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Cladonia coccifera (L.) Willd.
Family: Cladoniaceae
[Cladonia coccifera f. asotea (Ach.) Vain.,  more]
Cladonia coccifera image
Stephen Sharnoff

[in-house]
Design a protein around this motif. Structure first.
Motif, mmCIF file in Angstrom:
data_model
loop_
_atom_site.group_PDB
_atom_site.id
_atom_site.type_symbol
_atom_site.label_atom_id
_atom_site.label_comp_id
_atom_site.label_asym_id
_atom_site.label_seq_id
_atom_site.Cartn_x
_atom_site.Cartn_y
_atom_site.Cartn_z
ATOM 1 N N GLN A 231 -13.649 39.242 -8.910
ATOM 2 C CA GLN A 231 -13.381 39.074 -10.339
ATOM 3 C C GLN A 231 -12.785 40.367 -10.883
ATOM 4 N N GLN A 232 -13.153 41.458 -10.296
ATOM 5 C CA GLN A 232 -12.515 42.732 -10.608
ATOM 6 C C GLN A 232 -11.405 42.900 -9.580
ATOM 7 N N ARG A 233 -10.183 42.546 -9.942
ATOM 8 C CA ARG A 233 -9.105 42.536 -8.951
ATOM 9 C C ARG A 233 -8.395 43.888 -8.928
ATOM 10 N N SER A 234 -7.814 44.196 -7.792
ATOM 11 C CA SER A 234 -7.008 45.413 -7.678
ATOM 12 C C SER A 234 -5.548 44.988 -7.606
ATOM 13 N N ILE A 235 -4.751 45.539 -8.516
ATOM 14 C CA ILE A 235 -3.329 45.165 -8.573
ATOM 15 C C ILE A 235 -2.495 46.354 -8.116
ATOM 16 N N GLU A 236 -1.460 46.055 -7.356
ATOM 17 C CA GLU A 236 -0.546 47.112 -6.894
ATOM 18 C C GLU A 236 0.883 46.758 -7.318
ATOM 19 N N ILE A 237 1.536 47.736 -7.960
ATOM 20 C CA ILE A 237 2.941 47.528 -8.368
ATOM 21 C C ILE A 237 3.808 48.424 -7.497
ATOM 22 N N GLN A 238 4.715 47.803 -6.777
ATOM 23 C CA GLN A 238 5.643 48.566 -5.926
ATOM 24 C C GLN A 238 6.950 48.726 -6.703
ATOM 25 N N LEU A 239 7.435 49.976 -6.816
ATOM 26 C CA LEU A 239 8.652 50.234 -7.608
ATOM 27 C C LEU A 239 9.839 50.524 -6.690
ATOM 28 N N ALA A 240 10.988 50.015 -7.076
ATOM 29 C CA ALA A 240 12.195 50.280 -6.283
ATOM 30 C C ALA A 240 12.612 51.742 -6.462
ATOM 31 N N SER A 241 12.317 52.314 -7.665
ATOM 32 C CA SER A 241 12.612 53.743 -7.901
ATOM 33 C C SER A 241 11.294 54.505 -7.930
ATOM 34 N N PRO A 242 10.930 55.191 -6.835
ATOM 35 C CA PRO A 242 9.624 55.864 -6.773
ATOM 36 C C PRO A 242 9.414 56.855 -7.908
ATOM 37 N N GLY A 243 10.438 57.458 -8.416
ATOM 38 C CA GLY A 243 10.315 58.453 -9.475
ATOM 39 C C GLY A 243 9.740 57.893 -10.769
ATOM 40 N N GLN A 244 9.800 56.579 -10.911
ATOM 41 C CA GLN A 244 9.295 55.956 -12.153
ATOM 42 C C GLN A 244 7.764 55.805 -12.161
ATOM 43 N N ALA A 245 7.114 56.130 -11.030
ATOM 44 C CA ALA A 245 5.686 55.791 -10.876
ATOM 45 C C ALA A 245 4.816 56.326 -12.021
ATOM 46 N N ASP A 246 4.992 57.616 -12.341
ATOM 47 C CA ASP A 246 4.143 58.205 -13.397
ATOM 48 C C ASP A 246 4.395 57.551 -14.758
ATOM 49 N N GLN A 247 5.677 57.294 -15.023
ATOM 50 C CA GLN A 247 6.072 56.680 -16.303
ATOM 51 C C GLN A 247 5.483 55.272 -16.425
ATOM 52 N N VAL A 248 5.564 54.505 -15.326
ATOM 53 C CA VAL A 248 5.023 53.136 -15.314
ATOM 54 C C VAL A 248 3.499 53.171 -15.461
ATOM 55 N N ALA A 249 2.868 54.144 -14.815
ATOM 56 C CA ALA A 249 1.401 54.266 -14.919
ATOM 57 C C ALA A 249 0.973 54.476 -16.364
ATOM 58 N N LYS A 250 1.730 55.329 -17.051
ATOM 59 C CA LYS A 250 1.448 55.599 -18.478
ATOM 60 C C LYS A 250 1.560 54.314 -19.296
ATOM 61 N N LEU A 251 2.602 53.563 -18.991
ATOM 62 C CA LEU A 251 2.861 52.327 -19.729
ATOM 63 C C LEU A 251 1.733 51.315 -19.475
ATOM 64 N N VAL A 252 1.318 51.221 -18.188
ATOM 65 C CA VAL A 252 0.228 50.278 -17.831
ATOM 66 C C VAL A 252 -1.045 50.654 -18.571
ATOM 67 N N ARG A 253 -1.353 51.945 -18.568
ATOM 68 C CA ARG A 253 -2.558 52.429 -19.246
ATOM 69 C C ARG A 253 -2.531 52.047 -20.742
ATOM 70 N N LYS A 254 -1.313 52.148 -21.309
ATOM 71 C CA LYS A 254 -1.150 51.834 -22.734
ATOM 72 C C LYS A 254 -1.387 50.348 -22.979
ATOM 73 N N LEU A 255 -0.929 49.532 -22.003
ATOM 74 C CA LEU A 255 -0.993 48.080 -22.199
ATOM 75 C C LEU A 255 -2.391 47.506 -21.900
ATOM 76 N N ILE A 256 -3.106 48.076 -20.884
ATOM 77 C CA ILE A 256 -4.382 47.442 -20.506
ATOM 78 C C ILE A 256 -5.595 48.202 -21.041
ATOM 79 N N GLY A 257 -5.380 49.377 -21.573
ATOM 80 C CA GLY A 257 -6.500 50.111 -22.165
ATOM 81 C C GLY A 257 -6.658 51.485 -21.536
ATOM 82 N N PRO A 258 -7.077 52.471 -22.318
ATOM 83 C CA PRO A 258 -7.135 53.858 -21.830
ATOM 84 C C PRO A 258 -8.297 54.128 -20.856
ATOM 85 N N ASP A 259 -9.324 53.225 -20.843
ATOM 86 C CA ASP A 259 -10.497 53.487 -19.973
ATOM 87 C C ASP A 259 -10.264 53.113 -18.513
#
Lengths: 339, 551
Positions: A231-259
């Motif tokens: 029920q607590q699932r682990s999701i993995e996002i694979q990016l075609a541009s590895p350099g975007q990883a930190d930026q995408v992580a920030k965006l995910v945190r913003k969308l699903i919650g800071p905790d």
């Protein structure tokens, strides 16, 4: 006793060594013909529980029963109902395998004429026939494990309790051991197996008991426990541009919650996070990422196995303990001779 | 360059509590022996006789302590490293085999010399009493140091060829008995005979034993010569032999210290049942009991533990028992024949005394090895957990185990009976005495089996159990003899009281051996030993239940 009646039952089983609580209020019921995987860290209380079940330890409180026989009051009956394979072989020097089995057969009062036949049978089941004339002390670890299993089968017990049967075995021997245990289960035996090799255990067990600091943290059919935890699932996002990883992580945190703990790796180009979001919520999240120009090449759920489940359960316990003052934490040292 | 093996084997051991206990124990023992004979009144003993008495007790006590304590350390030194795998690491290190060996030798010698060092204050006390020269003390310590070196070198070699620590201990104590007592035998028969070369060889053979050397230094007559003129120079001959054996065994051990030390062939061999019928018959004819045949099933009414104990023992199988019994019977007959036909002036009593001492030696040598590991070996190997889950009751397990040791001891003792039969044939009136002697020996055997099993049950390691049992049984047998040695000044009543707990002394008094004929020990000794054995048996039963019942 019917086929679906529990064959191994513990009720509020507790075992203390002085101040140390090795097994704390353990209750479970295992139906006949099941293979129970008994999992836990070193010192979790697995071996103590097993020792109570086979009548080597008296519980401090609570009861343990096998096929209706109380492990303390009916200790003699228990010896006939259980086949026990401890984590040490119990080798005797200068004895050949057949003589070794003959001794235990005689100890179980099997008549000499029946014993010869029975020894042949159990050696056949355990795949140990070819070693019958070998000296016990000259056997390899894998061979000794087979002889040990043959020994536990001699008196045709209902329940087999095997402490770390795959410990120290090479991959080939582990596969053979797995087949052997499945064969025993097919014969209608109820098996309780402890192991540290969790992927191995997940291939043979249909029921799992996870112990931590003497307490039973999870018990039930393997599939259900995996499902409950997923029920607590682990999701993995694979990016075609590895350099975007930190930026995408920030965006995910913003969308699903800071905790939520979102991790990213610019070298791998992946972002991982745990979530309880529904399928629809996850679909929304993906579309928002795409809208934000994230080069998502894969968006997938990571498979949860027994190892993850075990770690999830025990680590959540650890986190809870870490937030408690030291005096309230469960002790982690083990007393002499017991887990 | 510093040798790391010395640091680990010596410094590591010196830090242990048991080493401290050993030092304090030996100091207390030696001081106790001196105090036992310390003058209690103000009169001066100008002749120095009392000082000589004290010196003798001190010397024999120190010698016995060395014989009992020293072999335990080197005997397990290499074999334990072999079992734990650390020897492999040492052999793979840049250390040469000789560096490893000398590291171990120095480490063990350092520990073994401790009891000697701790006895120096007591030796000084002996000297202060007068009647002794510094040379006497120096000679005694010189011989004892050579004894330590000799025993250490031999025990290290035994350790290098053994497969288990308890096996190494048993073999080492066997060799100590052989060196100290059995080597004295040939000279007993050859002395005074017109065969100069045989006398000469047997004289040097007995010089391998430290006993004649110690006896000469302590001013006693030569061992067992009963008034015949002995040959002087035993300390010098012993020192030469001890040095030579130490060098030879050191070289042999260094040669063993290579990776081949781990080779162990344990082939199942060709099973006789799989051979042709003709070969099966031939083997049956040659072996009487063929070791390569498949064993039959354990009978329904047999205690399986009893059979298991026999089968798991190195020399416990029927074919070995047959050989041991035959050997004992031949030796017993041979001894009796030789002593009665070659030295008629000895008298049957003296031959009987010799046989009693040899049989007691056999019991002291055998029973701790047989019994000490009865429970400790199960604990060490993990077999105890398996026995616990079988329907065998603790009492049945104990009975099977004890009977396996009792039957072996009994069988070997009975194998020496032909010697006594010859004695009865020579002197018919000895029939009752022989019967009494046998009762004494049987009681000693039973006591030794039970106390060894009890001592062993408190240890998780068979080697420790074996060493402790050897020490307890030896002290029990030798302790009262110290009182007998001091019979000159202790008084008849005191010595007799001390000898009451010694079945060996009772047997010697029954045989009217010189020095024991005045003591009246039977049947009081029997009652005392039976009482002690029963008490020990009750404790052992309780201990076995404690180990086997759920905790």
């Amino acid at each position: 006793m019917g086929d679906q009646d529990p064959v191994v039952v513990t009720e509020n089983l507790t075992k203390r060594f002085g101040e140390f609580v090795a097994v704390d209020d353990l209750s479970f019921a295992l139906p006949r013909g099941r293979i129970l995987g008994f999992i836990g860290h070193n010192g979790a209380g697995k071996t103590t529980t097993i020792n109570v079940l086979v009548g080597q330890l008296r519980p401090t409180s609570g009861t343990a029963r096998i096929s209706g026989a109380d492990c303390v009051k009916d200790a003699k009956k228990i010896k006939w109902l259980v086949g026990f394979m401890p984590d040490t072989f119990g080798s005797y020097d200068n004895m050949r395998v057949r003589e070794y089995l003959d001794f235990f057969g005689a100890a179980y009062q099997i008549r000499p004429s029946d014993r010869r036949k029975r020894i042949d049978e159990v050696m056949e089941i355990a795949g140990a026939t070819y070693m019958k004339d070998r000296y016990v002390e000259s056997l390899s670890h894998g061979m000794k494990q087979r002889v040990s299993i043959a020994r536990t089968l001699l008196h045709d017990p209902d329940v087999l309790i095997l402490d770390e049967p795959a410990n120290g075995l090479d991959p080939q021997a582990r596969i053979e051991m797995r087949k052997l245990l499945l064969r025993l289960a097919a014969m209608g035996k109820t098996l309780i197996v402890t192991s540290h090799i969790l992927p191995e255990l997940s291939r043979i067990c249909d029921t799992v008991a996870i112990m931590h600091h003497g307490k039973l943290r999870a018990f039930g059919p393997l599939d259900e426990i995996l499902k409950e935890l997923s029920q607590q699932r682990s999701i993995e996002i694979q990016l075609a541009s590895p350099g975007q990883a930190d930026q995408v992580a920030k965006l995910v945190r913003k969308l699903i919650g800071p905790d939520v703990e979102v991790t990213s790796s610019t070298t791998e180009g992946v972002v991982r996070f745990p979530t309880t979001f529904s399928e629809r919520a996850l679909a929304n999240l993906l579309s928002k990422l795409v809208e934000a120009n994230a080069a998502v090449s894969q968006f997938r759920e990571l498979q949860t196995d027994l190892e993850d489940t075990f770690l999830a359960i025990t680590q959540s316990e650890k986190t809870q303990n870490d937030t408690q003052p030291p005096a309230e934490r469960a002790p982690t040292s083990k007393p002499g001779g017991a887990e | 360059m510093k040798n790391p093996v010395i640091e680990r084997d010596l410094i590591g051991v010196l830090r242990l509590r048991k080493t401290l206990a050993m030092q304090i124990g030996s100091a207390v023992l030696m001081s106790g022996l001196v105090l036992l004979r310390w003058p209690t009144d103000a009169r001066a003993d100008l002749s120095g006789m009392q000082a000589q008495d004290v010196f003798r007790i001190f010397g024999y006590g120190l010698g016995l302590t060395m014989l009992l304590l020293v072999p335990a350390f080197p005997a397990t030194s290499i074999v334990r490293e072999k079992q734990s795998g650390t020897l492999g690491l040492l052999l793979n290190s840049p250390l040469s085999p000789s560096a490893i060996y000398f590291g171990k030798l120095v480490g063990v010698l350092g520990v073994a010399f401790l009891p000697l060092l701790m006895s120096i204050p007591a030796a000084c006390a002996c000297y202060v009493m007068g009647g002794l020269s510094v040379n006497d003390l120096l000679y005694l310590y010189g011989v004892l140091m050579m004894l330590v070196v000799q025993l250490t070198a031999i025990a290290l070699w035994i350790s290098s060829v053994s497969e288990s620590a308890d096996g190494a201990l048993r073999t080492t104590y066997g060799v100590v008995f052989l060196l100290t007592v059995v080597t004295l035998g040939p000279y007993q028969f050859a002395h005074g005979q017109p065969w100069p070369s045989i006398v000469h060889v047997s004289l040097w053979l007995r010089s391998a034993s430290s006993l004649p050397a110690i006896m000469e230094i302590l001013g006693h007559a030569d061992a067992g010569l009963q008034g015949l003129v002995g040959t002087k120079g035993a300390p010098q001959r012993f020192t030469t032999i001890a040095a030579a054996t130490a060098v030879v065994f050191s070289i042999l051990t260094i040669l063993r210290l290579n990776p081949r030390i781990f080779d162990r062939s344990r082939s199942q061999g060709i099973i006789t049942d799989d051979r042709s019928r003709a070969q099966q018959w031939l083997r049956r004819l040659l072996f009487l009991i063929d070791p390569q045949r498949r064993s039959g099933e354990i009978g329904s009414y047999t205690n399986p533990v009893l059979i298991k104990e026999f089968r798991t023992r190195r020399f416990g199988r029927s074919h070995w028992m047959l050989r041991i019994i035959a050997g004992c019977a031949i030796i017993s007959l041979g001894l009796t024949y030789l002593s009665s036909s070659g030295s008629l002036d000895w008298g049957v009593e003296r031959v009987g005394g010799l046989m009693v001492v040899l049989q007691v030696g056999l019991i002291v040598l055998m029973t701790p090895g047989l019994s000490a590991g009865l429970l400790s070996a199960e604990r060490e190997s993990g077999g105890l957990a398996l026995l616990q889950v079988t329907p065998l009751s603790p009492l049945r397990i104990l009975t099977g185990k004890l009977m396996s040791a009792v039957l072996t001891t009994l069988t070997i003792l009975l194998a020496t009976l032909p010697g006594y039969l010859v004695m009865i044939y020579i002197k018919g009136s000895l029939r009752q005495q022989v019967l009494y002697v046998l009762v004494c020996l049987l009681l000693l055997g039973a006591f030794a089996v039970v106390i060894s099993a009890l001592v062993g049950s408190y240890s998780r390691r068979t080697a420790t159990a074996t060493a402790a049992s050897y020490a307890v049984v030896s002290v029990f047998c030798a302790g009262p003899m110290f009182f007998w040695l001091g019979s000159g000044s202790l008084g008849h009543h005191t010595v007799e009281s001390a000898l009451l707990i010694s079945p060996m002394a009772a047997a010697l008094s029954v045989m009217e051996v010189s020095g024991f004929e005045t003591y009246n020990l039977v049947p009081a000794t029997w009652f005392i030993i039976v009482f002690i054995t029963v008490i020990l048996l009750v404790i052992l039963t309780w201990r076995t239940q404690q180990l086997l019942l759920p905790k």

Primary thallus: squamulose, persistent; squamules: 3-10 mm long, 2-5 mm wide, sparsely divided into roundish lobes, glaucescent green above, white or towards the base orange below; margins: esorediate podetia: 7-35 mm tall, stalk 1-2 mm thick, greenish, yellowish or whitish gray, cup-bearing; cups: 4-7 (-15) mm wide, generally symmetrical base, usually single, occasionally prolixferating from the margins (or rarely centers) to form another cup surface: areolate-corticate at the base; fertile podetia: with a fairly continuous cortex that may extend to the cup margins; sterile podetia: with the upper part of podetium densely covered by bullate granules (also inside the cups) and irregular scaly plates (elevated areolae), often in part squamulose, esorediate; surface structures: disintegrating and exposing the medulla Apothecia: infrequent, red, up to 4 mm wide ascospores: fusiform to oblong, 6-12 x 2.5-3.4 micro meter Pycnidia: on cup margins, common, broadly pyriform, constricted at base, black to red, with red gelatin conidia: 3 x 0.5 micro meter Spot tests: K-, C- & KC+ yellow, P-, UV- Secondary metabolites: thallus with usnic acid, zeorin (visible as tiny needle crystals on surface of older herbarium specimens), accessory isousnic acid and porphyrilic acid, plus unidentified aliphatic acids; apothecia and pycnidia with rhodocladonic acid. Habitat and ecology: on humus-rich soils, occasionally on wood, in mountain woodlands World distribution: arctic to temperate regions in Asia, Europe, North and South America (along the Andes) Sonoran distribution: Sinaloa/Durango border, very rare. Notes: This species is very similar to C. pleurota in morphology and chemistry, but C. pleurota is clearly (coarsely) sorediate rather than merely granulose. Fertile specimens of both species may be corticate so that they may be difficult to distinguish. Highly squamulose specimens are also difficult to interpret. See also the discussions under C. borealis and C. pleurota.